How Much Do We Learn From the First Cut of History? | The Nation


How Much Do We Learn From the First Cut of History?

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Although most election narratives mimicked the tendency of journalists to treat campaigns as horse races where issues and historical context were not very relevant, Sidney Blumenthal's work on the 1988 election, Pledging Allegiance (1990), was an exception. Blumenthal characterized the battle between George H.W. Bush and Michael Dukakis as the last election of the cold war. Blumenthal recounted how, even as the Soviet Union collapsed, the cold war had so skewed American politics that the candidates refused to grapple with the emerging issues and held on to outdated rhetoric. Republicans benefited more than Democrats, who couldn't find the right message in the 1980s. Dukakis, Blumenthal wrote, "seemed paralyzed by Bush's cold war barrages."

About the Author

Julian E. Zelizer
Julian E. Zelizer is a professor of history and public affairs at Princeton University. He is the author of Jimmy...

Game Change offered something fresh to this genre. The book, which sold out on its first day, was based on an enormous wealth of insider interviews where campaign operatives spilled some revelatory information about what had happened. The authors put forth an anthropological exposé of the circus of professional campaign operators who surrounded the candidates and ran the show. The book was a logical culmination of the shift that started with Joe McGinnis. Game Change came full circle from White's examination of Kennedy. Whereas Theodore White had been fascinated by the candidates and their loyal team advisors, the genre had gradually pushed writers into the cold and impersonal professionalized world that candidates stepped into. Read from the perspective of 2010, we can look back at some of the Teddy White–like promise bestowed upon Obama upon his election with more skepticism and doubts.

Yet even with its more cynical look at the election process, Game Change suffered from some of the same limitations of the election narrative genre—rooted all the way back to Teddy White's heroic account—that exaggerate the possibility of change that elections can bring without fundamental reforms in the way that our institutions work. Election narratives are grounded on the same kind of belief about the possible impact of elections—thus their decision to focus so much attention on them above other parts of politics—that usually leaves Americans frustrated after the difficulties of governance begin.

Historians and historical political scientists who write about elections have a different take on elections than most journalists. On the one hand, scholars downplay the notion that the specific candidates and their campaigns have as big an impact on the outcome as journalists suggest. While the election narratives stress the horse race between candidates, scholars point to broader forces that move the electorate at the ballot box. Indeed, in the most recent election, a majority of political scientists agreed that President Bush's abysmal approval ratings combined with the poor economic conditions dictated that almost any competent Democrat would have won.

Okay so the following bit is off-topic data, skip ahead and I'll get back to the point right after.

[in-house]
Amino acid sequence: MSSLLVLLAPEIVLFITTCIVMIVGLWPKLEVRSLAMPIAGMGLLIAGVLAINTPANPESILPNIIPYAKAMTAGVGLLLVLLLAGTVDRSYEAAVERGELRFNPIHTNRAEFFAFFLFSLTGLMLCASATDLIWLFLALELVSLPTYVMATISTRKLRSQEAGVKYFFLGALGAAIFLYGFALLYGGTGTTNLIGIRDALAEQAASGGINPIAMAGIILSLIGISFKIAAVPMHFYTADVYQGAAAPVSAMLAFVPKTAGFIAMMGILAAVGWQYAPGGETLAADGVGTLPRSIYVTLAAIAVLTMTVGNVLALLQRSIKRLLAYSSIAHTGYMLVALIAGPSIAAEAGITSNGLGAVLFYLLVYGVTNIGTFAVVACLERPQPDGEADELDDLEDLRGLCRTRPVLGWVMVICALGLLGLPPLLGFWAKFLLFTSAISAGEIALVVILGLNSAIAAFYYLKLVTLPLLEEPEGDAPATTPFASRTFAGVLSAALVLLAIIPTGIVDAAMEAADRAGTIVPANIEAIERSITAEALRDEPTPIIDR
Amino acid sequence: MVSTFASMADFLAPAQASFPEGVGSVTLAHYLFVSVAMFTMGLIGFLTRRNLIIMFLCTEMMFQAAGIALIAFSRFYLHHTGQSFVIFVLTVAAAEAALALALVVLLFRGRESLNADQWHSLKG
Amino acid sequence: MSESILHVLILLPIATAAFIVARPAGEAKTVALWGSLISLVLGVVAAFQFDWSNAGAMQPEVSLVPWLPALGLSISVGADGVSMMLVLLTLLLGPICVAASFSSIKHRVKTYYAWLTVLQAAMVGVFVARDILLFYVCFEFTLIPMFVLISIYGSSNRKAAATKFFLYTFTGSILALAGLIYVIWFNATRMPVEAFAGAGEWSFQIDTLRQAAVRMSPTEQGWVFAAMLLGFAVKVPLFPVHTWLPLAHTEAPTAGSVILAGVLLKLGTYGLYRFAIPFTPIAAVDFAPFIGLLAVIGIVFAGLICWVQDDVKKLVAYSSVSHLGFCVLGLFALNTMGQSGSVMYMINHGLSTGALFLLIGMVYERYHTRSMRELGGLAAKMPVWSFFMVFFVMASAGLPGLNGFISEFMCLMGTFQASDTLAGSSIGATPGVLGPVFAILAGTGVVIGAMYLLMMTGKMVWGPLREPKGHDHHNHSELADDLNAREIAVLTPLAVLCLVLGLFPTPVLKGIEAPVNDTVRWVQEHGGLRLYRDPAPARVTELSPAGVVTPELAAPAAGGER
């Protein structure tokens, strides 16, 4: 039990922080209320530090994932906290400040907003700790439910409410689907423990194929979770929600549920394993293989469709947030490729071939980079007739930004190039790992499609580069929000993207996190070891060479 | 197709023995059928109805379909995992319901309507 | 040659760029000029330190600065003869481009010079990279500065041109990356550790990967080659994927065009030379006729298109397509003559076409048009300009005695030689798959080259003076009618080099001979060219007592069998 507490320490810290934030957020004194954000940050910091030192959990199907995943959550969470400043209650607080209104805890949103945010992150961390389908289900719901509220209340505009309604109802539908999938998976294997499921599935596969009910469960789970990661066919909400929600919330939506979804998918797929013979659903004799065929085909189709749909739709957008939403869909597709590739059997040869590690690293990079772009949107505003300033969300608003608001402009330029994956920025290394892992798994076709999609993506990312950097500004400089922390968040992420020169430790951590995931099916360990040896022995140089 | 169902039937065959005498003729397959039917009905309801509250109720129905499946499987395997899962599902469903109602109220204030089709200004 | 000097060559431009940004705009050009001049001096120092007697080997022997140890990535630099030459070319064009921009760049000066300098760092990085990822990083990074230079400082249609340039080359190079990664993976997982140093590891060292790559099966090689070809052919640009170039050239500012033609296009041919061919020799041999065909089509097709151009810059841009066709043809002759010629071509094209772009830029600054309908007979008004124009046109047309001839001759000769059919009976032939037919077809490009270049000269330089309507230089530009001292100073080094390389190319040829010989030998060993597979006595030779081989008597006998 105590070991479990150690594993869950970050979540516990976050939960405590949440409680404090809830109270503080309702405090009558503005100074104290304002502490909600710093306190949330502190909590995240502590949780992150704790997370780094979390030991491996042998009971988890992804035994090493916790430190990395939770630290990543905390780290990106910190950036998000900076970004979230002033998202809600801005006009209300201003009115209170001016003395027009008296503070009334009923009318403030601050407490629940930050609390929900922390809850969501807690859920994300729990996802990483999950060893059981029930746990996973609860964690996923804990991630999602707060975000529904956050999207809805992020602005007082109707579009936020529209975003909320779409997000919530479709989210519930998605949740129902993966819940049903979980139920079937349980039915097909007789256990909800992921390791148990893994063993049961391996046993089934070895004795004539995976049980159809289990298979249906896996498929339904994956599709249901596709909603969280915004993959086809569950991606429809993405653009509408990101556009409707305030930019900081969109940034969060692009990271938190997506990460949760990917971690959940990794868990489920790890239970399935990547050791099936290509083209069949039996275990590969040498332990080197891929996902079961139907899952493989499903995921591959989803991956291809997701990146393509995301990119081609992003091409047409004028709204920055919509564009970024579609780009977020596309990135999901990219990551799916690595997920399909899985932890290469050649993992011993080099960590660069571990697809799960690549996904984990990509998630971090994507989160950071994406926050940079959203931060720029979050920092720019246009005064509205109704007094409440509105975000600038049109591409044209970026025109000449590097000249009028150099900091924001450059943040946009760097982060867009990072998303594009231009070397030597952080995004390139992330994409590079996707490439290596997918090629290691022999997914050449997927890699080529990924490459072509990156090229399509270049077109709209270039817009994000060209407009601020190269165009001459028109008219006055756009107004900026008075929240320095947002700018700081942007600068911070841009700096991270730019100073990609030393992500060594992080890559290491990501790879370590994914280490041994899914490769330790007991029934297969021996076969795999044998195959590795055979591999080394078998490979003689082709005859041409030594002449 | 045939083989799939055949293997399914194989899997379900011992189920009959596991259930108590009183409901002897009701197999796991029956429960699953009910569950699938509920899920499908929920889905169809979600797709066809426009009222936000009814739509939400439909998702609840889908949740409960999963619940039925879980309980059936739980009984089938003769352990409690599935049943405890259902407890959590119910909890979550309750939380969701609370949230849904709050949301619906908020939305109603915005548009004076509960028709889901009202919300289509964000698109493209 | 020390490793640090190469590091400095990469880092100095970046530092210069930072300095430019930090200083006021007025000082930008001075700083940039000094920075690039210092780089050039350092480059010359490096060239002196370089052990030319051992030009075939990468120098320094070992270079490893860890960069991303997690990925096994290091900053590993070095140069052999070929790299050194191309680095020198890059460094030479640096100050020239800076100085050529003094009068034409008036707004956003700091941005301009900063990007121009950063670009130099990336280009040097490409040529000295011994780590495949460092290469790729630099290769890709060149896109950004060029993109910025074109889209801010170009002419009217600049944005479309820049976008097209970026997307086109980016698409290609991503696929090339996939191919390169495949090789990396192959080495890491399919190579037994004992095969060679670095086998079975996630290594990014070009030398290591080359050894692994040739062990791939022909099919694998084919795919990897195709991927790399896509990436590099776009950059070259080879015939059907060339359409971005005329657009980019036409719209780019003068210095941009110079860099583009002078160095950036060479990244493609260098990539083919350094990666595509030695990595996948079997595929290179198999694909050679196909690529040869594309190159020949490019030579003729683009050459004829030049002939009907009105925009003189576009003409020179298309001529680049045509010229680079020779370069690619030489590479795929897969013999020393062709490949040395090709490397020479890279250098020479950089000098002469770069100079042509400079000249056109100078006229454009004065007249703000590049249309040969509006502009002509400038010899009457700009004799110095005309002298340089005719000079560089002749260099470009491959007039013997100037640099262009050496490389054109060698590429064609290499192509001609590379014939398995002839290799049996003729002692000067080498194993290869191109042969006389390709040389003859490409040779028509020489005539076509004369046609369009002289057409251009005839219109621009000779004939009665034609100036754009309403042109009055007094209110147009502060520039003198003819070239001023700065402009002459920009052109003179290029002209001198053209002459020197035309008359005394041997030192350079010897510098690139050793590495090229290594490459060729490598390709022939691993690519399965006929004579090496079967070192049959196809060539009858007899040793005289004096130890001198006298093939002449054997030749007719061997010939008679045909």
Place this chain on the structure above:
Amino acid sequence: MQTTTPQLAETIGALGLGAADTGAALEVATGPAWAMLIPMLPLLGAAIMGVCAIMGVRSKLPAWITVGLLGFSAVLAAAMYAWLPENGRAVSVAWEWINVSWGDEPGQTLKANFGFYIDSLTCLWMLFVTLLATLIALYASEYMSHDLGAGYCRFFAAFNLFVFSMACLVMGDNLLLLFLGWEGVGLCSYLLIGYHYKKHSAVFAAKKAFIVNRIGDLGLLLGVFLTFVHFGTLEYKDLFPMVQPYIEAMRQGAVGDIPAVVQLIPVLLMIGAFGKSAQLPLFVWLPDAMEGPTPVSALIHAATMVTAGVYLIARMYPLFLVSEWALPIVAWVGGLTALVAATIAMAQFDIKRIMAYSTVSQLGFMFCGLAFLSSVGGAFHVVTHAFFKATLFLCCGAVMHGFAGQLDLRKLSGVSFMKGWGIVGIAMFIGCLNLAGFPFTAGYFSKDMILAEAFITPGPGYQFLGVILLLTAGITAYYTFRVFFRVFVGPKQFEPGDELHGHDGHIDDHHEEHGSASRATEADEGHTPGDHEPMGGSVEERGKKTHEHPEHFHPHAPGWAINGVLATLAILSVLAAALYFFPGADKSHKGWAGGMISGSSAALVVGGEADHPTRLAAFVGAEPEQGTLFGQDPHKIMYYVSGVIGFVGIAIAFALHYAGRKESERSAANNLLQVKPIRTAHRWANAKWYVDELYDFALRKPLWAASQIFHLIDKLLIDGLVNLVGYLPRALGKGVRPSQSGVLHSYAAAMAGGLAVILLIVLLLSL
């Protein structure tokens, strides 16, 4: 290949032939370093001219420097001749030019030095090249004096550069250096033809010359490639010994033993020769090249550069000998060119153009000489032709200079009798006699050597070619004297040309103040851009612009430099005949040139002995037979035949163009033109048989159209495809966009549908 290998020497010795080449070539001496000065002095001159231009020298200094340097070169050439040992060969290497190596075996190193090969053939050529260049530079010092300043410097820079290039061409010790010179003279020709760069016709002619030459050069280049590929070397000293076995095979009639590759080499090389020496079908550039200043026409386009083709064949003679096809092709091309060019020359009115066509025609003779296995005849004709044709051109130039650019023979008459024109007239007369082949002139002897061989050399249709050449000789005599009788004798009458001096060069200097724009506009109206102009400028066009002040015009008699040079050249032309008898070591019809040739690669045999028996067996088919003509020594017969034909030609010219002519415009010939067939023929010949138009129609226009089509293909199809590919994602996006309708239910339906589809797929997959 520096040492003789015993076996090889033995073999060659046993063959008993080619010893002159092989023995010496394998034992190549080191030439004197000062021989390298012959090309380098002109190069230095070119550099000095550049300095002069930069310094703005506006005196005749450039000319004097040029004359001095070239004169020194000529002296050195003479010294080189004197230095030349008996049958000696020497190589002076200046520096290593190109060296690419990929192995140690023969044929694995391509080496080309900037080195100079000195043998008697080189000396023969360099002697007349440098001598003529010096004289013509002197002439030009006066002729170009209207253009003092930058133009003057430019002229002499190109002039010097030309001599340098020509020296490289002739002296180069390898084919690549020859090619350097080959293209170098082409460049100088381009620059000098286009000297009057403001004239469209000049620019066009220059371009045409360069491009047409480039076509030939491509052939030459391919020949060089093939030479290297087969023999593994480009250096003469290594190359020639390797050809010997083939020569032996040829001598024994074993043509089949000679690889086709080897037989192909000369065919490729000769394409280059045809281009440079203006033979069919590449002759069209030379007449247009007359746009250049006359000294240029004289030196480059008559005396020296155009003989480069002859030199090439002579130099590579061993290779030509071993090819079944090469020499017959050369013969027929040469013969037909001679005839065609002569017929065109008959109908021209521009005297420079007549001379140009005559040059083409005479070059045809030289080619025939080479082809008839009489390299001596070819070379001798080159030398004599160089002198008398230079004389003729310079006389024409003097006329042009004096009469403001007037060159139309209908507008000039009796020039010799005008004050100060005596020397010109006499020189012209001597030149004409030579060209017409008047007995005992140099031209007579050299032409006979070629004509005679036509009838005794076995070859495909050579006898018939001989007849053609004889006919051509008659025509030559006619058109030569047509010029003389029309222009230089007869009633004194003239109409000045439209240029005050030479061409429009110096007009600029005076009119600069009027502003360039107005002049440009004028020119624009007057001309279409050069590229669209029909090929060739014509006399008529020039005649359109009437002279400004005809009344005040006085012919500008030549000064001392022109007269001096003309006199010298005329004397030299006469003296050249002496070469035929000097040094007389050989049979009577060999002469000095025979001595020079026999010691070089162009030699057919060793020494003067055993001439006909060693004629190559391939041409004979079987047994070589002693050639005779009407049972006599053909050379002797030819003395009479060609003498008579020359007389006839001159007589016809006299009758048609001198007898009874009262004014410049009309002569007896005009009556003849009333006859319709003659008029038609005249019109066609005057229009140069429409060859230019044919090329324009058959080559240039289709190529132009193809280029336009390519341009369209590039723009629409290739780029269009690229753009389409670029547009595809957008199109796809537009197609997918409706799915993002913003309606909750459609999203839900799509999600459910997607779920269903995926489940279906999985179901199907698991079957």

On the other hand, scholars have also been more interested in how institutional pressures will limit new presidents rather than seeing elections as moments of great opportunity. Without fundamental reforms in government, presidencies don't vary as greatly as we think. For example, the enormous role of private money in the election process means interest groups will be as influential in new term as they were during what preceded.

Public opinion scholars have also demonstrated how voter preferences don't shift as suddenly as election narratives suggest. There aren't many "game changes" in the electorate. Indeed, many political scientists no longer accept the concept of realigning elections, which had once been a staple of historical research. For many decades there was a body of scholarship claiming that certain critical elections produced realignments of political power and new sets of policies (such as 1896 or 1932). In a trenchant critique of this literature, Yale University's David Mayhew debunks almost every classic example of elections that were said to have resulted in such changes.

As President Obama finishes his second year, he and his staff would do well to catch up on what the social scientists have been saying about politics in addition to the books about his campaign. Though certainly not as engaging, their work offers great insight into the constraints of governance that he has faced. When Obama abandoned government reform upon taking office he ensured that he would have to struggle against the many structural factors that social scientists have been writing about, such as Senate rules that require sixty votes on all legislation or the revolving door between Congress and K Street.

The election narrative will always have a central place in the canon of political history. After all, what can be more dramatic than men and women competing for the most powerful office in the world. Whom voters pick to be president matters, as many people believe that the post-9/11 world could have been very different had Al Gore been president.

But each election does not remake American politics. Sometimes we need to step back from the play-by-play to better understand the rules of the game. Mythologizing elections causes us to forget the difficult playing field that new presidents will encounter and shifts us away from the macro-forces that shaped election outcomes. Unless we put presidential election in their proper context, the nation will continue to subject itself to the frustration that inevitably comes from realizing that exciting candidates who claim a mandate to change politics very often can't deliver.

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